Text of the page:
Among deviations in laboratory studies those of cancerous significance are: hyperlipidemia, hyperuricemia, insulin resistance exponents, as well as increased excretion with urine of Il-6 and tubulointerstitial lesion markers (α1-microglobulin) (16).
Treatment depends on the size of albuminuria and GFR value at the beginning of treatment.
First step in treatment is lowering albuminuria by administering medication inhibiting renin-angiotensin, ie convertaze inhibitors (ACEI) or type 1 receptor antagonists for angiotensin II (sartans) (26). Presently, according to the newest guidelines of Polish Hypertension Society, target blood pressure should be about 130/80 mmHg and there is no proof supporting the idea of aiming at lower pressure readings in patients with nephropathy, even with significant albuminuria. However, results of studies such as MDRD or INVEST suggest that obtaining lower readings of arterial blood pressure may be in perspective favorable in the progress of nephropathy.
A positive influence of using ACEI in IgA nephropathy therapy was consilidated by results of a study with randomization published by Praga et al. (27). There, it was proven that administering enalapril in doses from 5 mg to 40 mg per 24 h was advantageous when compared with other antihypertensive medication while providing similar readings in blood pressure. In the group that was administered enalapril a decrease in albuminuriafrom 2.0 ± 1.3 to 1.2 ± 1.1 g/24 h was observed in the mean period of 7.5 years, while in the group that was administered placebo such effect was not observed. The probability of avoiding a significant loss of GFR in 7 years (increase in creatinin concentration above 50% in relation to the original reading) was 92% in the treated group and 55% in the placebo goup. Such results were thought to be connected with additional nephroprotective actions of ACEI blocking renin-angiotensin system, mainly through decreasing albuminuria.
After refuting COOPERATE study results, which evaluated joint therapy with ACEI (trandolapril) and sartan (losartan), there are no available studies confirming therapeutic efficiency of joining those two medication groups in therapy of not only IgA naphropathy but also other types of glomerulonephritis.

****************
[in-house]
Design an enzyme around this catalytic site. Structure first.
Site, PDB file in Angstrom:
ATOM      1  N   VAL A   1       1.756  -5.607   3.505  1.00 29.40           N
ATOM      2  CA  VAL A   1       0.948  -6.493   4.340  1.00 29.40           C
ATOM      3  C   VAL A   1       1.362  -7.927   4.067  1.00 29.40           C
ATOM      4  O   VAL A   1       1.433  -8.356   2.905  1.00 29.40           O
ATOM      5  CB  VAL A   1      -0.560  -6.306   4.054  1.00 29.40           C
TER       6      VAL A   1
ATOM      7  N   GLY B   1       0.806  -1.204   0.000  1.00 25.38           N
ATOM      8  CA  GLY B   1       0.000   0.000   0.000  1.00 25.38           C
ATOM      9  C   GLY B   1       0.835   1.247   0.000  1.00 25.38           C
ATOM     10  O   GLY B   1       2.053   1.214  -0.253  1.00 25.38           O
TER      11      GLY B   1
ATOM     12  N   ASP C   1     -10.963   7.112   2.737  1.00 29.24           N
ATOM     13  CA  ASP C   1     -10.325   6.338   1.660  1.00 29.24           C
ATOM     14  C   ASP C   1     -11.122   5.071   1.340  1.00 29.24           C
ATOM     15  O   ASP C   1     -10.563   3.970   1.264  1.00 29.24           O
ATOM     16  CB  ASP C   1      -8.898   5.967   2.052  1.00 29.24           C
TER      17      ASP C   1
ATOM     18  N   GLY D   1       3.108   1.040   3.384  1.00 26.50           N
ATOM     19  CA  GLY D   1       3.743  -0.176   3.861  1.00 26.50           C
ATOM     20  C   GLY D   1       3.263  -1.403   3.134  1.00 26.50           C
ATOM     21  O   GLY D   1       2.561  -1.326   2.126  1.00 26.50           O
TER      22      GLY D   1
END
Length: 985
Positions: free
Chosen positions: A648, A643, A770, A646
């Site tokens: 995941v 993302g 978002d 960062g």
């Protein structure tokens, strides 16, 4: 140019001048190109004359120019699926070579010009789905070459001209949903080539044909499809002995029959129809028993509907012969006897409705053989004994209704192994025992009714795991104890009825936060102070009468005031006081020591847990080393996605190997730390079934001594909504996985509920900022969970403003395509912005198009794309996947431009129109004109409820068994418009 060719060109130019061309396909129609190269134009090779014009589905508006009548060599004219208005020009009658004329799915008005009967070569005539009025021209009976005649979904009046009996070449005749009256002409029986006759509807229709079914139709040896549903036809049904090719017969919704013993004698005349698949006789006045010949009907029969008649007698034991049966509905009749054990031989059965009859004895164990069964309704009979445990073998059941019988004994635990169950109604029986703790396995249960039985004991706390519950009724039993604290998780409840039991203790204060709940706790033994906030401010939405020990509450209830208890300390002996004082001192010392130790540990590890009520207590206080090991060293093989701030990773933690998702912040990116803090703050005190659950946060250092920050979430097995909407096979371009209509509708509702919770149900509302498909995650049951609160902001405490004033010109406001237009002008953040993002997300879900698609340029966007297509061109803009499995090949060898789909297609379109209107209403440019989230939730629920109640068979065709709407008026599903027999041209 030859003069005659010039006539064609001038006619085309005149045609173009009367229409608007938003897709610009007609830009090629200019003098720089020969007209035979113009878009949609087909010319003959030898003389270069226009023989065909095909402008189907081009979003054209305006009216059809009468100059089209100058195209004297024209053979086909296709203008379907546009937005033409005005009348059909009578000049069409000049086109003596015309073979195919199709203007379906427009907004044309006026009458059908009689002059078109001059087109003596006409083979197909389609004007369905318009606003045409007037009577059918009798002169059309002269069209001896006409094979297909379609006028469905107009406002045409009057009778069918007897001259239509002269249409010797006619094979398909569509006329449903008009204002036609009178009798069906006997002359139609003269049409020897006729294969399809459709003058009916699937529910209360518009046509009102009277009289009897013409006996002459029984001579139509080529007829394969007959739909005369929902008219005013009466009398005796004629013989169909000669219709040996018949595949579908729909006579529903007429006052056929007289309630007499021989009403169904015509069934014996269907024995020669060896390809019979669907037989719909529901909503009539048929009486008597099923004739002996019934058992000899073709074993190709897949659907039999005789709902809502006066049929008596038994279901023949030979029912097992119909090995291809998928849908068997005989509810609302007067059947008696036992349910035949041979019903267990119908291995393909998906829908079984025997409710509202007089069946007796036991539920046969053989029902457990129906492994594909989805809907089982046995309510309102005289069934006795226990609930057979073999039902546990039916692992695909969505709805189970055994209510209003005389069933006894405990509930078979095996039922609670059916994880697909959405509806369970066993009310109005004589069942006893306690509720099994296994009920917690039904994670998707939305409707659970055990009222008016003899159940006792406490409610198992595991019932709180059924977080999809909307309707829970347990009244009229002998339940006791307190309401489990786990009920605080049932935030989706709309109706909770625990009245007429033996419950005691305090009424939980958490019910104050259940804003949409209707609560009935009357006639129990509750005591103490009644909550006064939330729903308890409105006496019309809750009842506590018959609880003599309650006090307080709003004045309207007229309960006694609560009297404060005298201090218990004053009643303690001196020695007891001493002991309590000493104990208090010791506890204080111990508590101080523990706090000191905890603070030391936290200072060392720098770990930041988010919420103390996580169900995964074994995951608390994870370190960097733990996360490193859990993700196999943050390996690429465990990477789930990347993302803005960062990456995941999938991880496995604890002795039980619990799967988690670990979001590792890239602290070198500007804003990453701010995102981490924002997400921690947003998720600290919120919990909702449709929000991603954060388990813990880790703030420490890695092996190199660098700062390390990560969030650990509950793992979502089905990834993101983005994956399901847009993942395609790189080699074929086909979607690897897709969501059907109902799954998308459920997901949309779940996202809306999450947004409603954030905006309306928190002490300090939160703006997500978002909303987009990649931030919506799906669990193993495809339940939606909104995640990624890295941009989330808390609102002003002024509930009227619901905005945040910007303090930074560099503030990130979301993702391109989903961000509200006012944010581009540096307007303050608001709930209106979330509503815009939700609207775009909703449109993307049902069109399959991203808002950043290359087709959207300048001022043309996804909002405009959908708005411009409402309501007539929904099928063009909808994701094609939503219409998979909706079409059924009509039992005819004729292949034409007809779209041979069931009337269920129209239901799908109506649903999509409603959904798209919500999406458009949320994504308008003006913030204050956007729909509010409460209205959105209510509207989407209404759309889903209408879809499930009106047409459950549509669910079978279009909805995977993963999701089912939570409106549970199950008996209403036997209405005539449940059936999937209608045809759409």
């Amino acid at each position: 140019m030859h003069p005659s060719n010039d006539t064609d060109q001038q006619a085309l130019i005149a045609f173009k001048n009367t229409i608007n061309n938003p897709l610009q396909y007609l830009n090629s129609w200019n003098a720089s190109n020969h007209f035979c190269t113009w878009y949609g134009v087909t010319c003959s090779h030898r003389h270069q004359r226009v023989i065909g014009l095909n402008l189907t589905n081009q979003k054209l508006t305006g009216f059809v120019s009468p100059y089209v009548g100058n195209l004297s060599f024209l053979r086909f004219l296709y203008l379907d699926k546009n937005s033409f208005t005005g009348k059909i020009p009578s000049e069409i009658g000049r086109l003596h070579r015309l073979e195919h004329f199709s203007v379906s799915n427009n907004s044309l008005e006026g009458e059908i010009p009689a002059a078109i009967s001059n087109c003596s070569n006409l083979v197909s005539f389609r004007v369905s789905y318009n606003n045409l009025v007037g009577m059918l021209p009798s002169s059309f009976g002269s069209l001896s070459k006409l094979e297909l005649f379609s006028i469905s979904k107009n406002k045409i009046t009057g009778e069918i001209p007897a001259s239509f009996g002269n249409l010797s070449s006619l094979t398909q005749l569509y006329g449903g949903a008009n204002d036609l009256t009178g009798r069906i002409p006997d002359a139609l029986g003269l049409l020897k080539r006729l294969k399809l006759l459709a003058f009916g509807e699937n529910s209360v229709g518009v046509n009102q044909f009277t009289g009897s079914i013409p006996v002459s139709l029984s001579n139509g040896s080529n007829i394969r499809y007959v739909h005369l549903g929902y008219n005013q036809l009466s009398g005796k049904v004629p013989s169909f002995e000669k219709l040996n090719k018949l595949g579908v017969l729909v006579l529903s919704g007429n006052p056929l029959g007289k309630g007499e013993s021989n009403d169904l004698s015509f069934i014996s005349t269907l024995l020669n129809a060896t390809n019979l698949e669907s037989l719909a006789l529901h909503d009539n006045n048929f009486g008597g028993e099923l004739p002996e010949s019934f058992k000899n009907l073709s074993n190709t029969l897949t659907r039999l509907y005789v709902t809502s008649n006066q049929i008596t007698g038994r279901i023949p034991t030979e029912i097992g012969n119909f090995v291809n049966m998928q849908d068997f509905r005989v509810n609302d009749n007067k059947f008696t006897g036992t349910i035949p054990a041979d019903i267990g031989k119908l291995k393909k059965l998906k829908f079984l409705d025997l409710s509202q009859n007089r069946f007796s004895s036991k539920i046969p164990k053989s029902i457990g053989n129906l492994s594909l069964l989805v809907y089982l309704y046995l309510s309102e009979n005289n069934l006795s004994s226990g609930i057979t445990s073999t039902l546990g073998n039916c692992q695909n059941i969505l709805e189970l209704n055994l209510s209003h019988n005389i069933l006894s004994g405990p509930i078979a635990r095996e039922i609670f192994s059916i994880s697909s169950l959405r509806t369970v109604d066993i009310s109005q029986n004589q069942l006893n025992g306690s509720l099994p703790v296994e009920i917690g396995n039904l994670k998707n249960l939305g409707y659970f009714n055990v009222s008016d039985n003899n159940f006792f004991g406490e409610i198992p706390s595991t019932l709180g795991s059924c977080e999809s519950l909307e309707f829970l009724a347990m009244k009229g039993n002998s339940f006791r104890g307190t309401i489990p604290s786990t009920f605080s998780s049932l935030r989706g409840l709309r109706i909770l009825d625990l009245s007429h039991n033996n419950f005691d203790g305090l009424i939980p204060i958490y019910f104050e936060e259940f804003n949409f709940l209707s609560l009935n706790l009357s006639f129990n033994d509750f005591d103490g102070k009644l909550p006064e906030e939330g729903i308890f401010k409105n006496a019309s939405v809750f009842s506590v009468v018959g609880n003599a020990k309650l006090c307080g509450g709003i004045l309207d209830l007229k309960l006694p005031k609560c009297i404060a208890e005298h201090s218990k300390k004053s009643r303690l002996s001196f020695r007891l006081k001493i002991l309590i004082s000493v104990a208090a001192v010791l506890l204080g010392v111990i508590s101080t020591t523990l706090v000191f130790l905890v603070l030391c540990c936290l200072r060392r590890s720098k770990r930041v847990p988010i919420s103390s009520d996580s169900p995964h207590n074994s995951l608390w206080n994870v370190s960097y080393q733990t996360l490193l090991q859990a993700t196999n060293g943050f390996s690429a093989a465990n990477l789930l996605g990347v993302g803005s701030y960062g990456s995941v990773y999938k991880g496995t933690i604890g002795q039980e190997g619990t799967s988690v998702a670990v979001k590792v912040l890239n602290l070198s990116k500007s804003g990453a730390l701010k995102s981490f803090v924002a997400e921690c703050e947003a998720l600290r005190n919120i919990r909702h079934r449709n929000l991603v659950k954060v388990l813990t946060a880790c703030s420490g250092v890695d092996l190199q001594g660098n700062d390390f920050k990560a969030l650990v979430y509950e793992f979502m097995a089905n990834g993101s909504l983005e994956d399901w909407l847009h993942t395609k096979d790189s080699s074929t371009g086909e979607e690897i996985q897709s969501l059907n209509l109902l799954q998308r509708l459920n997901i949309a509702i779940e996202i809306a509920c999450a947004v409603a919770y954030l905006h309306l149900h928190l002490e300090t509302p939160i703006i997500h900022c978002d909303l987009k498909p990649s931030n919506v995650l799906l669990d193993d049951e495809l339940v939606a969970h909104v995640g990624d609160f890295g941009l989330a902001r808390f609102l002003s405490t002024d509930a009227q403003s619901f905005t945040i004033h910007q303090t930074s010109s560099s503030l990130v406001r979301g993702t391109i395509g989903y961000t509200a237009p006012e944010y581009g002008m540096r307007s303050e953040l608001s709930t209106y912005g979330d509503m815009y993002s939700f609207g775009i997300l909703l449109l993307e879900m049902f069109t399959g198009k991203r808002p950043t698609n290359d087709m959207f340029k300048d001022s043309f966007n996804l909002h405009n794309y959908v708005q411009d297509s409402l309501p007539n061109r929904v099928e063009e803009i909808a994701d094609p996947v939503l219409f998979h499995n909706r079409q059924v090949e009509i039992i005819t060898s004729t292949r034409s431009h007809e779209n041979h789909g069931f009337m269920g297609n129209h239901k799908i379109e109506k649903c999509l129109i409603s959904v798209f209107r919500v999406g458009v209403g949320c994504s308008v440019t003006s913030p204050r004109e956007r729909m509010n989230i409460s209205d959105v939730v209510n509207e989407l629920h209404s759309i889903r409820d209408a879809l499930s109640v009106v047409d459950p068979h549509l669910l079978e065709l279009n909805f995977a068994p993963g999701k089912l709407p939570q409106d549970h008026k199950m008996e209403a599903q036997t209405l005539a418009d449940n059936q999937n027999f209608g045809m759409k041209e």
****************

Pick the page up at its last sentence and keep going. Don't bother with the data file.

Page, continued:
It is postulated that all patients of medium and high progression risk (ie. with albuminuria > 0.5-1.0 g/24 h and/or impaired glomerular filtration and/or arterial hypertension) should undergo so called optimal sustaining therapy, according to treatment chart presented below (28).
Algorithm for sustaining treatment in IgA nephropathy.
Level 1 of recommendations:
– Arterial blood pressure control;
– Administering ACEI or ARB;
– Adding dihydropyridine calcium channel blockers (in case of not obtaining target blood pressure readings), the aim of this therapy is efficient lowering of blood pressure as a means of decreasing albuminuria;
– Control of protein ingesting in the diet.
Level 2 of recommendations:
– Restricting sodium in the diet;
– Introducing diuretic treatment;
– Non- dihydropyridine calcium channel blockers;
– Controlling all components of metabolic system;
– Treatment with aldosterone antagonists;
– Treatment with beta-blockers;
– Ban of smoking;
– Allopurinol treatment;
– Empiric employment of NaHCO3, regardless of whether metabolic acidosis occurs or not.
If, despite a few months treatment with ACEI or ARB, albuminuria is above 1 g/24 h or if there is a glomerular filtration loss of 5-10% a year, the next recommended step in pharmacological proceedings is a 6-month prednisolone therapy. Such action was proven in randomized study by Pozzi et al. (29). It bases on administering intravenous doses of methylprednisolone 1.0 g everyday for three days in 1st, 3rd and 5th month of therapy, as well as orally of prednisone in 0.5 mg/kg dose for six months. It needs to be particularly emphasized that this treatment chart and its effectiveness provided long lasting results. Decrease in albuminuria to below 1 g/24 h was observed after one year, which was six months after completing therapy, in 72% of subjects treated with prednisone and only in 30% of control subjects. During a ten-year observation in 97% of treated patients doubling of creatinine concentration did not occur, while this effect was observed in only 53% of control subjects.
In two studies by Manno et al. (30) and Lv et al. (31) charts with administering of oral prednisone were used. In the first study prednisone was administered for six months, in 1 mg/kg/d dose for two moths, when the dose was reduced by 0.2 mg/kg/d for a month. All patients were administered ramipril as well. It resulted in decreased reduction of GFR: 0.6 ml/min in the treated group when compared to 6.2 ml/min in control group. In the study of Lv et al. prednisone was administered for 6-8 months, in 0.8-1 mg/kg/min dose for 2 months, then the dose was reduced by 5-10 mg every two weeks. This chart also resulted in decreased GFR loss in the group treated with prednisone.